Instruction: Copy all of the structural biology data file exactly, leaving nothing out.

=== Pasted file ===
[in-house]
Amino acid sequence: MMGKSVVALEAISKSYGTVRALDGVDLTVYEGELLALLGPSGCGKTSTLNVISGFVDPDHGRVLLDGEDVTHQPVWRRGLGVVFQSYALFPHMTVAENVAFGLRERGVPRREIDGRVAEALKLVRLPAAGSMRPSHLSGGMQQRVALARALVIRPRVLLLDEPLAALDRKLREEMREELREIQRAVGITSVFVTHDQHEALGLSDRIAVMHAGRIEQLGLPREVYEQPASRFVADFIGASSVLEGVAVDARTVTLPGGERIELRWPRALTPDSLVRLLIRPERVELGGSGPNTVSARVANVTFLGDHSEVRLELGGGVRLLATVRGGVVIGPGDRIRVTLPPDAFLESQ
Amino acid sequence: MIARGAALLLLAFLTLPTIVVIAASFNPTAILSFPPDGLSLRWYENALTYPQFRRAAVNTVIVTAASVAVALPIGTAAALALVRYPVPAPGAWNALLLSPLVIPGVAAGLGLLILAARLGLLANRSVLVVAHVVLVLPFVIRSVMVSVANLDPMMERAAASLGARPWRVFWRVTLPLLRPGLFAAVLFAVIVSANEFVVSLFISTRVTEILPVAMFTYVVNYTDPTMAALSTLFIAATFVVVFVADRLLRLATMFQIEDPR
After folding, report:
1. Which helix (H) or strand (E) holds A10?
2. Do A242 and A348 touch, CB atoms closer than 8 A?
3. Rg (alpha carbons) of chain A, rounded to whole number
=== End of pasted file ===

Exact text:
[in-house]
Amino acid sequence: MMGKSVVALEAISKSYGTVRALDGVDLTVYEGELLALLGPSGCGKTSTLNVISGFVDPDHGRVLLDGEDVTHQPVWRRGLGVVFQSYALFPHMTVAENVAFGLRERGVPRREIDGRVAEALKLVRLPAAGSMRPSHLSGGMQQRVALARALVIRPRVLLLDEPLAALDRKLREEMREELREIQRAVGITSVFVTHDQHEALGLSDRIAVMHAGRIEQLGLPREVYEQPASRFVADFIGASSVLEGVAVDARTVTLPGGERIELRWPRALTPDSLVRLLIRPERVELGGSGPNTVSARVANVTFLGDHSEVRLELGGGVRLLATVRGGVVIGPGDRIRVTLPPDAFLESQ
Amino acid sequence: MIARGAALLLLAFLTLPTIVVIAASFNPTAILSFPPDGLSLRWYENALTYPQFRRAAVNTVIVTAASVAVALPIGTAAALALVRYPVPAPGAWNALLLSPLVIPGVAAGLGLLILAARLGLLANRSVLVVAHVVLVLPFVIRSVMVSVANLDPMMERAAASLGARPWRVFWRVTLPLLRPGLFAAVLFAVIVSANEFVVSLFISTRVTEILPVAMFTYVVNYTDPTMAALSTLFIAATFVVVFVADRLLRLATMFQIEDPR
After folding, report:
1. Which helix (H) or strand (E) holds A10?
2. Do A242 and A348 touch, CB atoms closer than 8 A?
3. Rg (alpha carbons) of chain A, rounded to whole number